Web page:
Meet Dr. Sharon McLennon Wier, CIDNY’s New Executive Director
CIDNY is excited to introduce you to our new Executive Director, Sharon McLennon Wier, Ph.D., MSEd., CRC, LMHC. She joined us in July.
What did you do professionally before joining CIDNY?
I have worked in the field of disability, vocational rehabilitation, and mental health services for the last 25 years. I am a mental health provider who has graduate training in vocational rehabilitation and doctoral training in counseling psychology. I have a world-view lens comprising a scientific-practitioner model of social justice/evidence-based practices in psychology. I am a blind, Black woman who wanted and believed in achieving career advancement. I worked arduously to advance to occupational roles including counselor, coordinator, consultant, manager, and director.
Just before I came to CIDNY, I worked for Berkeley College as their Director of Disability Services for their multiple campuses in New Jersey and New York. I ensured equable disability-related services for students and employees at the college. In addition, I am a mental health therapist, teach psychology courses as an adjunct professor, and write book chapters and articles on various psychological topics.
Why did you want to become the Executive Director?
What impressed me about CIDNY was its mission to provide social justice and equable services for people with disabilities living in New York City. The opportunity to lead an organization that advocates for people with all types of disabilities addressing all aspects of life (including transportation, housing, education, work, and benefits) was important and a true vocational calling.
What expertise are you most excited to bring to this role?
I am excited about leading CIDNY to include more comprehensive services for people with disabilities, particularly related to post-secondary education and employment. CIDNY does not currently provide specific services that focus on these critical objectives.
Additionally, I’m excited to utilize my expertise in mental-health services to help us expand our mental health offerings. People with mental health disabilities are largely hidden, and they often struggle with maintaining meaningful and gainful employment. Finally, my experience working in a myriad of occupational settings will help CIDNY to refine its organizational structure and grant allocations, determine infrastructural needs, develop a strategic plan, and improve its technology services.
What was the first job you ever had?
My first paid job was when I was 18 years old and a freshman attending Syracuse University: I was a wet-vending attendant at the Carrier Dome sport complex. I had to maintain three part-time jobs during my undergraduate studies to ensure payment for expenses. I earned $4.50 per hour preparing soda trays for the honkers to sell to the patrons sitting throughout the venue. I was so excited to receive this job because I wanted to experience earning my own money and being responsible to complete a task that someone wanted and required me to complete. I also heard some good concerts and basketball games while working in the arena!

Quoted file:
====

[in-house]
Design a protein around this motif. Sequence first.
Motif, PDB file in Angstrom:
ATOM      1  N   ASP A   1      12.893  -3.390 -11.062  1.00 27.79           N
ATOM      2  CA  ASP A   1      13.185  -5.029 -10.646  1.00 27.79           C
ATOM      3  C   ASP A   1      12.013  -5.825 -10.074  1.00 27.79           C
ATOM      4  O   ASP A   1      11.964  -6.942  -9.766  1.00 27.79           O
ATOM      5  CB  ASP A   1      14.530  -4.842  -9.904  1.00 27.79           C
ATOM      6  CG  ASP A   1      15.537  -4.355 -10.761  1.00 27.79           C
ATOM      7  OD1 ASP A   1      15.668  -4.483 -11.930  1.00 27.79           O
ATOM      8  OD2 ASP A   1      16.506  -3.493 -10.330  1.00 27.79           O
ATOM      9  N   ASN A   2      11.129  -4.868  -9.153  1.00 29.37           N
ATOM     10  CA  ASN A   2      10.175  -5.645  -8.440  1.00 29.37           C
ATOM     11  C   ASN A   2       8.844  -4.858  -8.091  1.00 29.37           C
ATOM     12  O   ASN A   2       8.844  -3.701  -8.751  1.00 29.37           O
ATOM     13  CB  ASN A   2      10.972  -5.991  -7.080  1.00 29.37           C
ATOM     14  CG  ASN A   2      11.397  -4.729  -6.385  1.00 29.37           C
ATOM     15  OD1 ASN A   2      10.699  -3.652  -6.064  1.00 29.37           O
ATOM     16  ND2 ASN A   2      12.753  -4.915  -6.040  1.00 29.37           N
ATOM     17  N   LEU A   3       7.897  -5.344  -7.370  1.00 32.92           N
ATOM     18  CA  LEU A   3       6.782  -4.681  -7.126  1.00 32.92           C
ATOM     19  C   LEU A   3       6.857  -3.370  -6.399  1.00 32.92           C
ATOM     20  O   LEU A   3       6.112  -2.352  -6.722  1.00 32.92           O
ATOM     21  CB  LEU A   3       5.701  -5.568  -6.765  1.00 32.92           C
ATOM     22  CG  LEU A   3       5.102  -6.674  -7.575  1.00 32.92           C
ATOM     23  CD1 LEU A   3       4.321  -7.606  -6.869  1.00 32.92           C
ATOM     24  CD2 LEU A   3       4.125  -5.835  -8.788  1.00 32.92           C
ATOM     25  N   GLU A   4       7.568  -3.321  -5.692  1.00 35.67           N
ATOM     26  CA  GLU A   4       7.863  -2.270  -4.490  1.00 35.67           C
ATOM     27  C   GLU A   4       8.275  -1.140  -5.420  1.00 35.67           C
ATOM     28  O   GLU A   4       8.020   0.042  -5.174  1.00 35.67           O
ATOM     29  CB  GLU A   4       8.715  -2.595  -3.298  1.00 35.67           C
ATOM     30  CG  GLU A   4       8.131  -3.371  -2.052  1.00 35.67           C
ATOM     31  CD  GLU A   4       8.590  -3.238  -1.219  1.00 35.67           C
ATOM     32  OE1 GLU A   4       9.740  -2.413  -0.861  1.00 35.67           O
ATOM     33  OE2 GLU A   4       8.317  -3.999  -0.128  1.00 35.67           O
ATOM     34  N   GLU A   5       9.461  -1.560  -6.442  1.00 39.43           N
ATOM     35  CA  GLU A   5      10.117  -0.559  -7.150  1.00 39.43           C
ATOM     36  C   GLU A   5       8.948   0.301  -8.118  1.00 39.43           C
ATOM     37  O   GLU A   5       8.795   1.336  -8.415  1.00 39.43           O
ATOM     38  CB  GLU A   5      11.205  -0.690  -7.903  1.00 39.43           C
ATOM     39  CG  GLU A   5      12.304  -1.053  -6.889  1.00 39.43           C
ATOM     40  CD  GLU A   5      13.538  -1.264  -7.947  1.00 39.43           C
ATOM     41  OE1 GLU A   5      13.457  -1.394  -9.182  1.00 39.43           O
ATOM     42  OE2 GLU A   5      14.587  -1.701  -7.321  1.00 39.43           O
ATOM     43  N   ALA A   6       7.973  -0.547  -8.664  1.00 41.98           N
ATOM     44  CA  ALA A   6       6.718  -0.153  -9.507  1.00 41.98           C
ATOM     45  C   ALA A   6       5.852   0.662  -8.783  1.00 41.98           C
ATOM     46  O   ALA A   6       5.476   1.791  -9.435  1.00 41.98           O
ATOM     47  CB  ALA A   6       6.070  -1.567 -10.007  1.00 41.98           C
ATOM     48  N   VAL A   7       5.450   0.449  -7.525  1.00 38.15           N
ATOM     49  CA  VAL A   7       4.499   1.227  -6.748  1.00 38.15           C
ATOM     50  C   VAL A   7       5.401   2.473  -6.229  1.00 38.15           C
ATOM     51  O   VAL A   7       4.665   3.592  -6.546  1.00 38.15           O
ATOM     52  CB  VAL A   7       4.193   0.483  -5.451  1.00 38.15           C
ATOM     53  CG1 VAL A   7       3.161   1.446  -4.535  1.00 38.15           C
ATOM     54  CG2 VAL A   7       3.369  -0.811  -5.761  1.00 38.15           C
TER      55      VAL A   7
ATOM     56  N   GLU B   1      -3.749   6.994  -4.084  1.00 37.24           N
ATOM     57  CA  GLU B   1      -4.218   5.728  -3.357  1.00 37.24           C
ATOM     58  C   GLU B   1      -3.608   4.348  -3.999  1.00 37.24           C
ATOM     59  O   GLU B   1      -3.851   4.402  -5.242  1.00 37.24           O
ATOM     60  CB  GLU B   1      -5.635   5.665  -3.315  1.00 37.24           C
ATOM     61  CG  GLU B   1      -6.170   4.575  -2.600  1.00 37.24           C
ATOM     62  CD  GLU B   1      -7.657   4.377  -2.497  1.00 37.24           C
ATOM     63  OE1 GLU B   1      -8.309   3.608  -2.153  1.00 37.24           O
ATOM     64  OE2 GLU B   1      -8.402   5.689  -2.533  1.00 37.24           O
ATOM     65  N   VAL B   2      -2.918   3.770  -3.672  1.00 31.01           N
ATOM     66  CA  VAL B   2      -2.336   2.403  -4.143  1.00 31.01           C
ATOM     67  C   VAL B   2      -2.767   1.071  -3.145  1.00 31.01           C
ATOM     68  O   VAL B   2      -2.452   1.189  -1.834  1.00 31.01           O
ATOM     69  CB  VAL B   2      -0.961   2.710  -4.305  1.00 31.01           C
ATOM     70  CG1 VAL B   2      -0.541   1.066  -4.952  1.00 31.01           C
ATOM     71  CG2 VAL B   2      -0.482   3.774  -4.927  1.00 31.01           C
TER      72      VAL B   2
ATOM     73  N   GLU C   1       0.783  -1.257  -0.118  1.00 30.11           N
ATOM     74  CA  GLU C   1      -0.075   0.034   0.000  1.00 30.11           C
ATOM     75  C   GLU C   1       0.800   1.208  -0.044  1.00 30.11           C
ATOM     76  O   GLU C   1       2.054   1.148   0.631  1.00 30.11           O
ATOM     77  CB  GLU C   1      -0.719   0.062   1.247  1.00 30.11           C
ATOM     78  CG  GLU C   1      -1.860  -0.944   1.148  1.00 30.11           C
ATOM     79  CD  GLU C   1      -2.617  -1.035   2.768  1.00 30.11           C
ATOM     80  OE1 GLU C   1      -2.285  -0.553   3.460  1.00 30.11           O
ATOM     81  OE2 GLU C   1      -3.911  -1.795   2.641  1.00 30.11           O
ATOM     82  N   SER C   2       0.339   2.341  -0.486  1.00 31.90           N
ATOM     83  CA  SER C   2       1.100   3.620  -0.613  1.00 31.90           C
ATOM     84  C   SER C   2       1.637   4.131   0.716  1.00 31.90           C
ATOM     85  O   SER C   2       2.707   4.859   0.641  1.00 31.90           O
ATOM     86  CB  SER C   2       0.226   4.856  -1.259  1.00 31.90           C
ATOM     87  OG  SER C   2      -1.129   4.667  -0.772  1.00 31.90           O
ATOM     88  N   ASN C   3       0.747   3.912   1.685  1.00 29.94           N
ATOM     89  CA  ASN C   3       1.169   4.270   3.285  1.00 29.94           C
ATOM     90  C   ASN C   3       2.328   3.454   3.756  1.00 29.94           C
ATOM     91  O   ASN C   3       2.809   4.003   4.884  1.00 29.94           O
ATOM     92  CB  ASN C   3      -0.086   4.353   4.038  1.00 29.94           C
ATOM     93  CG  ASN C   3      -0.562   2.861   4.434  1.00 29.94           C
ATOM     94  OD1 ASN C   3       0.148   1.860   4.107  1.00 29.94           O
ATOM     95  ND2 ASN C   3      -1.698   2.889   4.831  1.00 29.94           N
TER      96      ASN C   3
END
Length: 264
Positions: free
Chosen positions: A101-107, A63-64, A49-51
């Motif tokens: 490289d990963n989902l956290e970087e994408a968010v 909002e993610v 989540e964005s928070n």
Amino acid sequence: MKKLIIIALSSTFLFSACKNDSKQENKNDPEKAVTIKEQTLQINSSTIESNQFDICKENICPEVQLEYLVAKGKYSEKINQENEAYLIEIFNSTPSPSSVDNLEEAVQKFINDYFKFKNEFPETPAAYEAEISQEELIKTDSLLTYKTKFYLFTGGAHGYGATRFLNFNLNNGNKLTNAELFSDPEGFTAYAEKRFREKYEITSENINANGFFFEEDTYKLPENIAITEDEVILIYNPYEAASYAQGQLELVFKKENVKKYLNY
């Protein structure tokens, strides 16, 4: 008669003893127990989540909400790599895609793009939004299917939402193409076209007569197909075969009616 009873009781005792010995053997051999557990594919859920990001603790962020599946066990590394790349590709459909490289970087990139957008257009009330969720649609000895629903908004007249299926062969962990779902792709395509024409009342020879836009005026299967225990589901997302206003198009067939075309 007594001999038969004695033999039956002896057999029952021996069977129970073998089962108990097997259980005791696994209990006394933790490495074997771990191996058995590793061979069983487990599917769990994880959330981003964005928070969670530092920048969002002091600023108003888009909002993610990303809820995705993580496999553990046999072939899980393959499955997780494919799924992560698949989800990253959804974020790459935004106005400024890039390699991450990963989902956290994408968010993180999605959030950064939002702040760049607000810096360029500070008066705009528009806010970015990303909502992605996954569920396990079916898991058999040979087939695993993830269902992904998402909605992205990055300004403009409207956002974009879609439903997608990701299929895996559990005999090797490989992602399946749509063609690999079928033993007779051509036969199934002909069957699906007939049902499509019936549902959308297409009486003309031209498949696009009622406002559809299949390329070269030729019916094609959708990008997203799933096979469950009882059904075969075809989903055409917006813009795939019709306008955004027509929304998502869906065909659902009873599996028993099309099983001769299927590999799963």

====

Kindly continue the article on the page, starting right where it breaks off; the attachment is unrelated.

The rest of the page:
My first job as a postgraduate with a master’s degree was working as a vocational-rehabilitation counselor. I worked for an inpatient, therapeutic, and drug-free program. This program specifically worked with veterans who had substance abuse, alcohol dependency, and chronic mental-health issues in New York City.
Do you have a personal story you would like to share?
I have had my visual disability since the age of six years. I cannot remember a time where I was able to see objects clearly. However, I know that I possess vision to see the world through other lenses. Simply stated, I possess the human characteristics which encompass the need to love, to listen to the birds sing, smell the aroma of the bright flowers, walk barefoot on the green grass, taste the fruit and vegetables grown from the earth, and hear the crashing of the ocean waves.
I am inspired and passionate about social-justice initiatives because I have worked for over 25 years with individuals who are ascribed membership to minority and disenfranchised groups. I strongly believe that all individuals must share and experience the opportunities that our society can provide regardless of social class, primary language, immigration status, beliefs or other circumstance.
I have experienced all aspects of discrimination and prejudice attributed to my aspects of diversity. I had to apply and interview at more companies compared to my peers. I had to accept a lower salary just to have a job. I had to watch peers with less experience and knowledge receive promotions that I applied for. And so much more.
I bring the knowledge, professionalism, fortitude, hope, and charisma needed to propel this organization to appropriately help those who are affected by inequities in our society. I am a working professional who is a totally blind, Black woman who has experienced the emotionally gripping swords of discrimination and stigma. Despite significant challenges, I learned tangible lessons over the course of my lifetime that fostered perseverance, passion in my convictions, and resilience.